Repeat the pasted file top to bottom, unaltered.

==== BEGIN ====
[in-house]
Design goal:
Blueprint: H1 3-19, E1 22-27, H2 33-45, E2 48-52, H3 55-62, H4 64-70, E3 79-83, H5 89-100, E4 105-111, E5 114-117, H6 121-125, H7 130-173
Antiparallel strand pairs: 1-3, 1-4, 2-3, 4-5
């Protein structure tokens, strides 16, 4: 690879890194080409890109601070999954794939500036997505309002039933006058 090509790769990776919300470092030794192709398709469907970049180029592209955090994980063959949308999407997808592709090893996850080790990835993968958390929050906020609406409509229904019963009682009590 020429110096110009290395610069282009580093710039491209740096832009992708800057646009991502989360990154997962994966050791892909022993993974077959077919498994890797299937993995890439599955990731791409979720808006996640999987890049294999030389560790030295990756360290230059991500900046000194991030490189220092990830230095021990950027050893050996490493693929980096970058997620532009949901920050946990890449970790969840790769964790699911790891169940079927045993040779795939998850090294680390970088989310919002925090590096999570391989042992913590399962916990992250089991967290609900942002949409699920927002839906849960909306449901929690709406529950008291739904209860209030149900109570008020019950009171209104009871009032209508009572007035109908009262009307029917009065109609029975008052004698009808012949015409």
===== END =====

[in-house]
Design goal:
Blueprint: H1 3-19, E1 22-27, H2 33-45, E2 48-52, H3 55-62, H4 64-70, E3 79-83, H5 89-100, E4 105-111, E5 114-117, H6 121-125, H7 130-173
Antiparallel strand pairs: 1-3, 1-4, 2-3, 4-5
């Protein structure tokens, strides 16, 4: 690879890194080409890109601070999954794939500036997505309002039933006058 090509790769990776919300470092030794192709398709469907970049180029592209955090994980063959949308999407997808592709090893996850080790990835993968958390929050906020609406409509229904019963009682009590 020429110096110009290395610069282009580093710039491209740096832009992708800057646009991502989360990154997962994966050791892909022993993974077959077919498994890797299937993995890439599955990731791409979720808006996640999987890049294999030389560790030295990756360290230059991500900046000194991030490189220092990830230095021990950027050893050996490493693929980096970058997620532009949901920050946990890449970790969840790769964790699911790891169940079927045993040779795939998850090294680390970088989310919002925090590096999570391989042992913590399962916990992250089991967290609900942002949409699920927002839906849960909306449901929690709406529950008291739904209860209030149900109570008020019950009171209104009871009032209508009572007035109908009262009307029917009065109609029975008052004698009808012949015409």